We showed that hippocampal sonication with low-intensity tFUS improved rCMRglu in the temporal, cingulate, and frontal cortices. Moreover, mild improvement was noted in measures of global cognitive function, memory, and executive function. Although previous studies reported tFUS-induced BBB opening and β-amyloid plaque reduction in patients with AD, improvements in cognition or brain function were not observed [4,13]. Previous FDG-PET studies reported that AD patients show reduced rCMRglu in the parietal-temporal and frontal cortices in advanced stages [24]. Our results suggest that low-intensity tFUS may have exerted potential therapeutic effects on impaired brain function, which is related to cognitive decline. Although it is not clear how the effects of hippocampal sonication extended beyond the close proximity of the target site, we suspect that improvement in frontal lobe function may be related to potential functional modulation of the hippocampal-prefrontal cortex (H-PF) pathway by the application of tFUS. The H-PF pathway is a major monosynaptic input to the prefrontal cortex originating in the hippocampal formation [25]. The literature based on animal and human experiments supports the theory that the pathway is involved in fundamental cognitive processes including executive function and memory and contextually-dependent emotional regulation [26]. Although the exact mechanism behind tFUS-mediated neuromodulation remains to be elucidated, it is plausible that FUS application to the hippocampal area, even without changing BBB permeability, may increase activity in the hippocampal area and modulate neural activity of the H-PF pathway, resulting in the observed improvement in memory.
Some limitations of this study need to be addressed. First, this study was conducted among a small number of patients. For this reason, we did not perform a quantitative analysis of the neuropsychological data. Another potential limitation is that we only included AD patients with an overall symptom severity of moderate or severe. Future studies with larger samples and inclusion of patients with mild symptom severity are warranted. Moreover, further parameter exploration and safety assessment are needed to provide more convincing evidence of the therapeutic effects of low-intensity tFUS in AD.
In conclusion, our findings suggest that low-intensity tFUS under the threshold for BBB disruption was safely delivered and may have beneficial effects on cerebral glucose metabolism and cognitive function in patients with AD. With its exquisite spatial selectivity and significant depth penetration, tFUS may have the potential to serve as a novel non-invasive brain stimulation tool of both cortical and deep brain areas for the treatment of AD. As the field of tFUS-mediated neuromodulation is still in its developmental infancy, further studies are warranted to understand its therapeutic mechanism, safety, and efficacy.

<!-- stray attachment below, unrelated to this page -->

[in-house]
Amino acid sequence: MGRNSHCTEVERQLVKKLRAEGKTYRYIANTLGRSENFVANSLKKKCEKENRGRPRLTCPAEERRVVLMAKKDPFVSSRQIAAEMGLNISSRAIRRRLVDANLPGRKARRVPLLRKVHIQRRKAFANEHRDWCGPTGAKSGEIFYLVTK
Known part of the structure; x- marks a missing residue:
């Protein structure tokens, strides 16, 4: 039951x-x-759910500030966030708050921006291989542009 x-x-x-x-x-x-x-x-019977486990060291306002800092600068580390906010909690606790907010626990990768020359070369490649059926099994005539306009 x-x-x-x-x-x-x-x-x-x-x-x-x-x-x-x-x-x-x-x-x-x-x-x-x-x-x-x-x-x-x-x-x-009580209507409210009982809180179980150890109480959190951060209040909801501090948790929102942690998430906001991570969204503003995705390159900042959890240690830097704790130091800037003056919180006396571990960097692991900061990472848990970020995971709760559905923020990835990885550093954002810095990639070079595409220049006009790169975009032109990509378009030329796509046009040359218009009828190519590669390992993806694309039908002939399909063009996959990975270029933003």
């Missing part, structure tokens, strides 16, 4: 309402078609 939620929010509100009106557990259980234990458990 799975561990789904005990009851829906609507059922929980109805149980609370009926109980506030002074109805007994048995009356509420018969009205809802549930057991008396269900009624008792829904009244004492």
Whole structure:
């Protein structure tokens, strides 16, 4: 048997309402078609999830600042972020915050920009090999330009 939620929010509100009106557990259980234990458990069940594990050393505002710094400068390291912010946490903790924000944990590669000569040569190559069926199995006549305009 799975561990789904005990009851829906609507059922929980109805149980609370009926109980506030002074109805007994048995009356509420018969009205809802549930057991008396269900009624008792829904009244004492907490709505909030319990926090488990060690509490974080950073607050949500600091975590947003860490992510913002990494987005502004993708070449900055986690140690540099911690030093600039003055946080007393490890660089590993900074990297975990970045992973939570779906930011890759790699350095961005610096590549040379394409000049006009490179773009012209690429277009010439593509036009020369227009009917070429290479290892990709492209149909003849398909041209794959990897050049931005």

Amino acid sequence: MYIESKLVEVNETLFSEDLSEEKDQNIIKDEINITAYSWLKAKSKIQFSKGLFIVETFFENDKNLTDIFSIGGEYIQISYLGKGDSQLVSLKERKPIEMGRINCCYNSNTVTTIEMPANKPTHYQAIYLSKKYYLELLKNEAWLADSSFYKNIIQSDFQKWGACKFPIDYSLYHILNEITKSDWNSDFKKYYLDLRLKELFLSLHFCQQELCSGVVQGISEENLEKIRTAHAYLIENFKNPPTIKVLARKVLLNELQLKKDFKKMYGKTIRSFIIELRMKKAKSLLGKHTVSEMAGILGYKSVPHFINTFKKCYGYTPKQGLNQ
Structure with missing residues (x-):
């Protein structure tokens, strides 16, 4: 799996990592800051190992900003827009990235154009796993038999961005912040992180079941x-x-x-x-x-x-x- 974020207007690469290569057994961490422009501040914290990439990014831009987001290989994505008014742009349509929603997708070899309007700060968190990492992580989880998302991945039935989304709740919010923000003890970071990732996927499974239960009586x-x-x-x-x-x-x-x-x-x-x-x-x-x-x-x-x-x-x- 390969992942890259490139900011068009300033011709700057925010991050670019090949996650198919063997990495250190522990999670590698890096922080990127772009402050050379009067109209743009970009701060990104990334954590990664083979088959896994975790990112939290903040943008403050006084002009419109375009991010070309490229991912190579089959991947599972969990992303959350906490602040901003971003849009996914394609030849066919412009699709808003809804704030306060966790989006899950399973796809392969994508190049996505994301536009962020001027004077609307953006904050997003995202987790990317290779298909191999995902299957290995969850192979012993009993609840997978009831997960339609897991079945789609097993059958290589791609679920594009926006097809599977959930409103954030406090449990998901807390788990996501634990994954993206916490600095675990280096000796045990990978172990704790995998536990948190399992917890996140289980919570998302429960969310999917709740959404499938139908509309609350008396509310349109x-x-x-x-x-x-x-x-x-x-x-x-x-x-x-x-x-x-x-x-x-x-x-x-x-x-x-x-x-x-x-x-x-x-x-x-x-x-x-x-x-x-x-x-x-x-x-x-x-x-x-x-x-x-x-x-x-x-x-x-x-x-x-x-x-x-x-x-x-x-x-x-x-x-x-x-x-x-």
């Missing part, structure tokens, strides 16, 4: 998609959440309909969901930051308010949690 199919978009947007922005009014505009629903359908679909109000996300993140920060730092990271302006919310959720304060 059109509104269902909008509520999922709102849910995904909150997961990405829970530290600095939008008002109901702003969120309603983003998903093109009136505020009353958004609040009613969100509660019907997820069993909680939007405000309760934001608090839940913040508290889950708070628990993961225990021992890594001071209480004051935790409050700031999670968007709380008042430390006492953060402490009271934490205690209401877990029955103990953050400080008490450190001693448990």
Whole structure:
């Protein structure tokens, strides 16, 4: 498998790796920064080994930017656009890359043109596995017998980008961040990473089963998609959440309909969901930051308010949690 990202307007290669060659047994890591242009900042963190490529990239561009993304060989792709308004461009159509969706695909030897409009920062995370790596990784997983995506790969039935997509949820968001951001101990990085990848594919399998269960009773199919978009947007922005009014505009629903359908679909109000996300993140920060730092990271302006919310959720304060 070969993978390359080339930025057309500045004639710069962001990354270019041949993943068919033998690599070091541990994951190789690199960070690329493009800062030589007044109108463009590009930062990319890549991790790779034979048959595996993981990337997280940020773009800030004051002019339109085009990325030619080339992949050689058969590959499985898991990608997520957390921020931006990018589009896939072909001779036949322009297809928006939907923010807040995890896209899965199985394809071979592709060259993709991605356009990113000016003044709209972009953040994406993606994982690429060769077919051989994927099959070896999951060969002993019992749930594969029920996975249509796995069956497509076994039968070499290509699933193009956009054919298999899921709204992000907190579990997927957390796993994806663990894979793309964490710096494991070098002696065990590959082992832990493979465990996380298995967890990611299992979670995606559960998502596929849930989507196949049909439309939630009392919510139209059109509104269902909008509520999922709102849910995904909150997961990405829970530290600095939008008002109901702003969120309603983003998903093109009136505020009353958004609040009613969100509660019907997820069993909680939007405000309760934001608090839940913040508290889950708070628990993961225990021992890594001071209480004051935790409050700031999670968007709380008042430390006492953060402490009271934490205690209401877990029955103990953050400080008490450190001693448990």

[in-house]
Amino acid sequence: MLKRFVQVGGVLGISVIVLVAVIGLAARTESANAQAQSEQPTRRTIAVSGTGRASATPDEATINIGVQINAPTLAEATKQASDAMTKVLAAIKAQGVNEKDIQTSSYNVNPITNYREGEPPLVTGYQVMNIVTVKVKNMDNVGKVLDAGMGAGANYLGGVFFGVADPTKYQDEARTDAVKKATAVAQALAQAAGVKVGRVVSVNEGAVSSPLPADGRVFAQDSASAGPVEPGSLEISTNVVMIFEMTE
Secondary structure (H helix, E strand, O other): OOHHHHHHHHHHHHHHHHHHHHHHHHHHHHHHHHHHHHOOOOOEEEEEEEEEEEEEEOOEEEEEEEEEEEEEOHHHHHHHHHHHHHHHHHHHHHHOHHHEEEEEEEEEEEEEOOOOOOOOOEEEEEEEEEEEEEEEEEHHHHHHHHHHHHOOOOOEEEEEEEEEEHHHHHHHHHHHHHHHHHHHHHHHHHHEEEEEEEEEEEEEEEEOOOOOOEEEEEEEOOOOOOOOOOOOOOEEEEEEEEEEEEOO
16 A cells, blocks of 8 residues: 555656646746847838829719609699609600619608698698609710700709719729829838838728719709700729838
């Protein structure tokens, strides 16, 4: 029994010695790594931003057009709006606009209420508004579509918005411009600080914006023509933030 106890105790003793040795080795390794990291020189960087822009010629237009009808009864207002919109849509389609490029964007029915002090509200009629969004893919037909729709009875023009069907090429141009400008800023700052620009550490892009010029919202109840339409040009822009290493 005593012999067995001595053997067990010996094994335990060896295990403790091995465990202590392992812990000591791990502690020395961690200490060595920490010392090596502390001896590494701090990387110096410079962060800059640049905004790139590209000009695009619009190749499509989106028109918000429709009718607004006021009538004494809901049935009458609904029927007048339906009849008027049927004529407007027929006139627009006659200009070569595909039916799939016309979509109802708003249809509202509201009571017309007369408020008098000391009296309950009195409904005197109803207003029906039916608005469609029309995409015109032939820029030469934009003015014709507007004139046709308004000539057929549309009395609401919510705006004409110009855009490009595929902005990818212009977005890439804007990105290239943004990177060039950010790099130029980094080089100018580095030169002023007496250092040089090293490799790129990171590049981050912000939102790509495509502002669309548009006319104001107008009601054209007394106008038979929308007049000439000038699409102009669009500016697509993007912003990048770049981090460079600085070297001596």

Author Contributions

Conceptualization: Song IU, Chung YA, Yoo SS. Data acquisition: Jeong H, Im JJ, Park JS, Na SH, Song IU, Chung YA. Data analysis or interpretation: Jeong H, Im JJ, Song IU, Chung YA. Drafting of the manuscript: Jeong H, Im JJ, Lee W, Yoo SS, Song IU, Chung YA. Critical revision of the manuscript: Jeong H, Im JJ, Lee W, Yoo SS, Song IU, Chung YA. Approval of the final version of the manuscript: all authors.

Conflict of Interest

No potential conflict of interest relevant to this article was reported.


We would like to acknowledge Linda B. Xu and Dr. Kavin Kowsari for their editorial support. Figure 1 was designed using resources from
This project was supported by a loan of the image-guided tFUS system, a grant from Neurosona Co., Ltd., the Korea Health Industry Development Institute (KHIDI) and Korea Dementia Research Center (KDRC) (HU21C0081), the National Research Foundation of Korea (NRF) funded by the Korean government (2020R1C1C1007254), and a grant of Translational R&D Project through Institute for Bio-Medical convergence, Incheon St. Mary’s Hospital, the Catholic University of Korea.


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Schematic of the overall study process.